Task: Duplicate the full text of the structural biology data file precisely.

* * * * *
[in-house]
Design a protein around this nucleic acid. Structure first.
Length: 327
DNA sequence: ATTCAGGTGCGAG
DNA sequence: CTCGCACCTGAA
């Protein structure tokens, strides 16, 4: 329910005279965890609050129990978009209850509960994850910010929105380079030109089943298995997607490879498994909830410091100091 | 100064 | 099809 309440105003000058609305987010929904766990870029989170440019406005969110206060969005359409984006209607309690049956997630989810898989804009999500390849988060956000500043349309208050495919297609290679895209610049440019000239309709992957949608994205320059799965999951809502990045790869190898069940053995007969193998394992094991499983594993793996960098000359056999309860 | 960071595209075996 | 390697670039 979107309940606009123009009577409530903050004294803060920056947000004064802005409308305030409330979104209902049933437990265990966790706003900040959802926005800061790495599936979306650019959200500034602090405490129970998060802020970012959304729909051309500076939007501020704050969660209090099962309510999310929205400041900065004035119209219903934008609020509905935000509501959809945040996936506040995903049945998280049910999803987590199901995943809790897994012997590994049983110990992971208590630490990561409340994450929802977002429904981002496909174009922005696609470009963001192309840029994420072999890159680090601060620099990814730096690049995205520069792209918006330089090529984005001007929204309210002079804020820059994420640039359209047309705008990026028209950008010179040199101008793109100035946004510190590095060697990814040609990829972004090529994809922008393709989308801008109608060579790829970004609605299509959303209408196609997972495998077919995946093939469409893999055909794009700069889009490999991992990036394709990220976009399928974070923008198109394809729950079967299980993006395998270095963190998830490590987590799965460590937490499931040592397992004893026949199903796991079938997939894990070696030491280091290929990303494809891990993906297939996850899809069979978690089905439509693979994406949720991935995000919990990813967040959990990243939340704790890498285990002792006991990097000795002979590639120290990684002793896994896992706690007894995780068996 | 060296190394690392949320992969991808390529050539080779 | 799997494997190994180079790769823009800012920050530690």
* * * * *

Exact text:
[in-house]
Design a protein around this nucleic acid. Structure first.
Length: 327
DNA sequence: ATTCAGGTGCGAG
DNA sequence: CTCGCACCTGAA
């Protein structure tokens, strides 16, 4: 329910005279965890609050129990978009209850509960994850910010929105380079030109089943298995997607490879498994909830410091100091 | 100064 | 099809 309440105003000058609305987010929904766990870029989170440019406005969110206060969005359409984006209607309690049956997630989810898989804009999500390849988060956000500043349309208050495919297609290679895209610049440019000239309709992957949608994205320059799965999951809502990045790869190898069940053995007969193998394992094991499983594993793996960098000359056999309860 | 960071595209075996 | 390697670039 979107309940606009123009009577409530903050004294803060920056947000004064802005409308305030409330979104209902049933437990265990966790706003900040959802926005800061790495599936979306650019959200500034602090405490129970998060802020970012959304729909051309500076939007501020704050969660209090099962309510999310929205400041900065004035119209219903934008609020509905935000509501959809945040996936506040995903049945998280049910999803987590199901995943809790897994012997590994049983110990992971208590630490990561409340994450929802977002429904981002496909174009922005696609470009963001192309840029994420072999890159680090601060620099990814730096690049995205520069792209918006330089090529984005001007929204309210002079804020820059994420640039359209047309705008990026028209950008010179040199101008793109100035946004510190590095060697990814040609990829972004090529994809922008393709989308801008109608060579790829970004609605299509959303209408196609997972495998077919995946093939469409893999055909794009700069889009490999991992990036394709990220976009399928974070923008198109394809729950079967299980993006395998270095963190998830490590987590799965460590937490499931040592397992004893026949199903796991079938997939894990070696030491280091290929990303494809891990993906297939996850899809069979978690089905439509693979994406949720991935995000919990990813967040959990990243939340704790890498285990002792006991990097000795002979590639120290990684002793896994896992706690007894995780068996 | 060296190394690392949320992969991808390529050539080779 | 799997494997190994180079790769823009800012920050530690």